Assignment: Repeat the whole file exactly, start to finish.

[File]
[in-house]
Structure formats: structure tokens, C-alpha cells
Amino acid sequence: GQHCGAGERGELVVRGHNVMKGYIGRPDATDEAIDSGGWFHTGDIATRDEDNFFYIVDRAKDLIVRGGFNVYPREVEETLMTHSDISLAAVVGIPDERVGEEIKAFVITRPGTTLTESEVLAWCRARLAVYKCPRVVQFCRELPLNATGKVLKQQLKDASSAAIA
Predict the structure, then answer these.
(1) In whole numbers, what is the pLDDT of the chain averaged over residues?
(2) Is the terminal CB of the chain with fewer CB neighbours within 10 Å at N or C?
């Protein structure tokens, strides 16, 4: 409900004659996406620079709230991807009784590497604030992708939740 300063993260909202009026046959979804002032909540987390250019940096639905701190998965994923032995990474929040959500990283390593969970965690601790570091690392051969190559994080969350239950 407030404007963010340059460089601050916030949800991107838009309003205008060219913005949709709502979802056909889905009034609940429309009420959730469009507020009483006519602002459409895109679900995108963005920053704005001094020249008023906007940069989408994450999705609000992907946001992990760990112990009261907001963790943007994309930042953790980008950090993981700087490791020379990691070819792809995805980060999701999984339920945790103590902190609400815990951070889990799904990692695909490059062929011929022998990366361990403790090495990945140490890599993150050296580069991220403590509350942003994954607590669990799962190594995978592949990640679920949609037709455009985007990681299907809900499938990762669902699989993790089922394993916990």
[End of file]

[in-house]
Structure formats: structure tokens, C-alpha cells
Amino acid sequence: GQHCGAGERGELVVRGHNVMKGYIGRPDATDEAIDSGGWFHTGDIATRDEDNFFYIVDRAKDLIVRGGFNVYPREVEETLMTHSDISLAAVVGIPDERVGEEIKAFVITRPGTTLTESEVLAWCRARLAVYKCPRVVQFCRELPLNATGKVLKQQLKDASSAAIA
Predict the structure, then answer these.
(1) In whole numbers, what is the pLDDT of the chain averaged over residues?
(2) Is the terminal CB of the chain with fewer CB neighbours within 10 Å at N or C?
């Protein structure tokens, strides 16, 4: 409900004659996406620079709230991807009784590497604030992708939740 300063993260909202009026046959979804002032909540987390250019940096639905701190998965994923032995990474929040959500990283390593969970965690601790570091690392051969190559994080969350239950 407030404007963010340059460089601050916030949800991107838009309003205008060219913005949709709502979802056909889905009034609940429309009420959730469009507020009483006519602002459409895109679900995108963005920053704005001094020249008023906007940069989408994450999705609000992907946001992990760990112990009261907001963790943007994309930042953790980008950090993981700087490791020379990691070819792809995805980060999701999984339920945790103590902190609400815990951070889990799904990692695909490059062929011929022998990366361990403790090495990945140490890599993150050296580069991220403590509350942003994954607590669990799962190594995978592949990640679920949609037709455009985007990681299907809900499938990762669902699989993790089922394993916990």